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“That’s when Joey Pagaduan was placed into the Homecoming Project, matched with two people who he’s lived with since January and now considers family — Quian Wang and Robert Fletcher, who are married and live with their two children in Berkeley, California.”

“The Berkeley couple had an extra room in their home and wanted to help address the housing crisis, which is exactly the mission of the homecoming project. Launched in 2018 by the Oakland-based nonprofit organization, Impact Justice, the program has already helped 100 formerly incarcerated individuals get back on their feet after serving lengthy prison sentences.”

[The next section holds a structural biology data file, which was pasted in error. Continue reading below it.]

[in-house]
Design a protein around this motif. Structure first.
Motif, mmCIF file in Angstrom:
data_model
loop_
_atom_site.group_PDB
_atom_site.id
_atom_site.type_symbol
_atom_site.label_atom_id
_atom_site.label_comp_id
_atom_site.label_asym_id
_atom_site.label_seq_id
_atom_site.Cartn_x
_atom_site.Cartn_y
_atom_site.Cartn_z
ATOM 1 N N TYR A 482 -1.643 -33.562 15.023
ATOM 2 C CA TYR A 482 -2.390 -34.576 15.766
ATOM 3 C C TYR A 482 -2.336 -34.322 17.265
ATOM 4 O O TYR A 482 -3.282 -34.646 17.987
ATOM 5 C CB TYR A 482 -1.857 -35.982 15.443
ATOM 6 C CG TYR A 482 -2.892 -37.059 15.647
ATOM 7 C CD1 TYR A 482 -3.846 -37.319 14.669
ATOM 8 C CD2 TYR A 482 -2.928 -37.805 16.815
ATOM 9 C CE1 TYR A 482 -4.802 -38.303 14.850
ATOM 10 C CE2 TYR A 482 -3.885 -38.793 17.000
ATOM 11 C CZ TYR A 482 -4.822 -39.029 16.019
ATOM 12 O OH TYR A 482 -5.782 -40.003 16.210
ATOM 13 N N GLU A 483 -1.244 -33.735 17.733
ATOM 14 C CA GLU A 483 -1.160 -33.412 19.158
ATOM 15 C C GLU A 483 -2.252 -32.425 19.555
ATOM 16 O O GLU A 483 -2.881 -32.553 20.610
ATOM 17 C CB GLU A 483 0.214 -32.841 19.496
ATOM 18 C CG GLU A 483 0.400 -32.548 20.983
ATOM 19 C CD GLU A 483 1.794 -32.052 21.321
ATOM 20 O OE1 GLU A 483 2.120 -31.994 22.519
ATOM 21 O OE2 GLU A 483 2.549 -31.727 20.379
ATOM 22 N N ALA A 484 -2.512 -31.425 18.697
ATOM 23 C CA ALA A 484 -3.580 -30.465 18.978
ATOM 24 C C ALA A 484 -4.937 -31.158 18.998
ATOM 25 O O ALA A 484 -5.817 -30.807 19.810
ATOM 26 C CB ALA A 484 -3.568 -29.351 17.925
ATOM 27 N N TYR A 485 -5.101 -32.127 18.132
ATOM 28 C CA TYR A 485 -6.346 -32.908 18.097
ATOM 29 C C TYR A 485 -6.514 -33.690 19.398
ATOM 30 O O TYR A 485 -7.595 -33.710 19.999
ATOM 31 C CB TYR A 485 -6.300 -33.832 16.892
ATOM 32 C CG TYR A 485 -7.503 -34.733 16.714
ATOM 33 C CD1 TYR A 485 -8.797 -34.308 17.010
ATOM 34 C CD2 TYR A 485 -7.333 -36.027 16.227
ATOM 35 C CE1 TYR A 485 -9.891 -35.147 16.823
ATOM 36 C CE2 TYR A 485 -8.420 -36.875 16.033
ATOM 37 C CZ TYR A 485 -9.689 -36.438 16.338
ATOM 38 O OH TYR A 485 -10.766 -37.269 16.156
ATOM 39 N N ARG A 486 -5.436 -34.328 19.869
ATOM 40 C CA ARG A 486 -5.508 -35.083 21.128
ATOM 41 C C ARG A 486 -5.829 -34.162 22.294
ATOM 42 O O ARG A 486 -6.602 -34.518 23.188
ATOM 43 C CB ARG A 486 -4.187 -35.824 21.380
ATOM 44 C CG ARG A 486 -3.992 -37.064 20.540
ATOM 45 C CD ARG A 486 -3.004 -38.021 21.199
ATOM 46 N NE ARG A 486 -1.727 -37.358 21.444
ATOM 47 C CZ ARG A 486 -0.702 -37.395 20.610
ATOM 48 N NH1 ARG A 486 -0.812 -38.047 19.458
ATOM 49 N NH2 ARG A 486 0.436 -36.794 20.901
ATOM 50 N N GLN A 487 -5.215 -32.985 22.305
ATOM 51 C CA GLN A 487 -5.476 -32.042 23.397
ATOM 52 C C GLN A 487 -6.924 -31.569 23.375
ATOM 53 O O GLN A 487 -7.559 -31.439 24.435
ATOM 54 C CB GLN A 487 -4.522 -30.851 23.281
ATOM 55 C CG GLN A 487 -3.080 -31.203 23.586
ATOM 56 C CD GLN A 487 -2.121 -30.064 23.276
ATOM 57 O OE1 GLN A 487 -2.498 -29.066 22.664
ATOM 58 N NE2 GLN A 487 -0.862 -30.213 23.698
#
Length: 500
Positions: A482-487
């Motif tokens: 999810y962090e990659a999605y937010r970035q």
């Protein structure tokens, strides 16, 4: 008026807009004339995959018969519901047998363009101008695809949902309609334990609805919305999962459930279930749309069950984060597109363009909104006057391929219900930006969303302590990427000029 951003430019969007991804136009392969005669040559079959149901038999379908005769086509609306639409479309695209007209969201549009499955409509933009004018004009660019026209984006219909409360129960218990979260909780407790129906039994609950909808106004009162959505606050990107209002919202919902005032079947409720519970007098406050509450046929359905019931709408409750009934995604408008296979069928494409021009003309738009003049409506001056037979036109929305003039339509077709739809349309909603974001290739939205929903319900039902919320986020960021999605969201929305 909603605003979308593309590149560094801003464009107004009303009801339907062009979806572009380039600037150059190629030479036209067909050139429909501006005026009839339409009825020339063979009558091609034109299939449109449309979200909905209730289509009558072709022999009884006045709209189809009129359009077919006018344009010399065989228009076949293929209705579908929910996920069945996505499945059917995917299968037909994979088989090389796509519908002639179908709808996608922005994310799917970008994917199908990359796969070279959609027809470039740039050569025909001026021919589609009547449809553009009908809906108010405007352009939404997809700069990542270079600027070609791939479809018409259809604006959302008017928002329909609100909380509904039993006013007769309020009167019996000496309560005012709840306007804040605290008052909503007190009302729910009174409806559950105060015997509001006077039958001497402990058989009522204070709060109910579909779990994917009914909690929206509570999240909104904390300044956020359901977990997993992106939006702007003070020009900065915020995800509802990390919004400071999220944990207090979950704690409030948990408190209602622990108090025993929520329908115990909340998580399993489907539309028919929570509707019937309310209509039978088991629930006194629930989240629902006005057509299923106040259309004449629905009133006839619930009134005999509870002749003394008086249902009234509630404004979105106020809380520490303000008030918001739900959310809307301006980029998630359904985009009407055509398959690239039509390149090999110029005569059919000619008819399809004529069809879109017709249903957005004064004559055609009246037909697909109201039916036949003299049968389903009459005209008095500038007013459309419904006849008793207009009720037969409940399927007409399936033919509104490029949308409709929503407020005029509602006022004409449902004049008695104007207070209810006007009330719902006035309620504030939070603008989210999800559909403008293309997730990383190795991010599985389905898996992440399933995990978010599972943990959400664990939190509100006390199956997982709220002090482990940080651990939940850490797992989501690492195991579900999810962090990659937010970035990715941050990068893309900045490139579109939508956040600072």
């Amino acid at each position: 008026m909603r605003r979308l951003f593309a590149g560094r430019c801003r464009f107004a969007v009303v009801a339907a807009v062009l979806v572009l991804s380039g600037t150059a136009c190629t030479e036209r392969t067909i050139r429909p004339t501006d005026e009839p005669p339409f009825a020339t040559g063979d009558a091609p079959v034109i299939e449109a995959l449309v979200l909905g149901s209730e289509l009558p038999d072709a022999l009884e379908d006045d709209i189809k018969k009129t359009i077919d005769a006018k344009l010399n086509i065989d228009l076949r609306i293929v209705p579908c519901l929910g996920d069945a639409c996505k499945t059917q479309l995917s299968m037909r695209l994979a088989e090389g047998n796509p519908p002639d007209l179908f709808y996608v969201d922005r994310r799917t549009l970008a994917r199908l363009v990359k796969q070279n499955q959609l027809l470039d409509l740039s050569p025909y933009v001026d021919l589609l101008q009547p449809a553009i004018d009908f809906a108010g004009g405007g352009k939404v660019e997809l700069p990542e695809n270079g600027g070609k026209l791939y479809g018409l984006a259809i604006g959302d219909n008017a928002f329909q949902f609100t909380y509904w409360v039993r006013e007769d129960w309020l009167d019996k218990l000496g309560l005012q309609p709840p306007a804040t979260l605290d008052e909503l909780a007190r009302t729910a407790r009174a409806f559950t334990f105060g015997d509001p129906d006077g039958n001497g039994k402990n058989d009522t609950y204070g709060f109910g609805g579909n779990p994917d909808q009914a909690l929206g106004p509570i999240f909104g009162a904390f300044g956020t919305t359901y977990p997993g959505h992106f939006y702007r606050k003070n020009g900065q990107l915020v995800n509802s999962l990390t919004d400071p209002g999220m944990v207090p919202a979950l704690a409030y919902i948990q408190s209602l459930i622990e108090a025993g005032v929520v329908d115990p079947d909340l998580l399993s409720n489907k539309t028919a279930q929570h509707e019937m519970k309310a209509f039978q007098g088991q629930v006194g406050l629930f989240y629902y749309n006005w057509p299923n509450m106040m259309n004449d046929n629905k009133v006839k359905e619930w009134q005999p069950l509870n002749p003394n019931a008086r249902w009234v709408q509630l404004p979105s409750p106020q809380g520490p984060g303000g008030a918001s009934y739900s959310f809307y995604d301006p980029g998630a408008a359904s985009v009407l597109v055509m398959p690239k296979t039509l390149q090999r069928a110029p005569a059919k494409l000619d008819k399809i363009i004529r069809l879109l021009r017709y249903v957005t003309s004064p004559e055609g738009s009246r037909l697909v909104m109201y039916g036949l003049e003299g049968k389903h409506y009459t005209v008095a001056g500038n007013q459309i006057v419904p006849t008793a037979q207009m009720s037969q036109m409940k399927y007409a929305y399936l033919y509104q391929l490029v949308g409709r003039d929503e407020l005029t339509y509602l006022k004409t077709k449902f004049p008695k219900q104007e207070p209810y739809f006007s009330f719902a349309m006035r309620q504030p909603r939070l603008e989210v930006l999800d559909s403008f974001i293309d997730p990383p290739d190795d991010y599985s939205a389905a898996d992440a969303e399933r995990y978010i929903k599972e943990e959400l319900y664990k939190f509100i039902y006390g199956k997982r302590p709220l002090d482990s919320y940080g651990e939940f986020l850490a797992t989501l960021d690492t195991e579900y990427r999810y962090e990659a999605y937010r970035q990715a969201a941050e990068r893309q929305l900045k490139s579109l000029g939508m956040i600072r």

“In July, Pagaduan graduated from the program, which lasts six months and he now works full-time as a case manager for the Homecoming Project, and fit in so well with his hosts that he still lives with them, renting a room paid for by the income he receives from his job.”

“‘Talk about defying the odds. Our participants, 100% of them, by the time they leave our program over the course of six months have been connected to affordable housing, 95% connected to employment opportunities and 0% of them have recidivated,’ said director of the Homecoming Project, Bernadette Butler.

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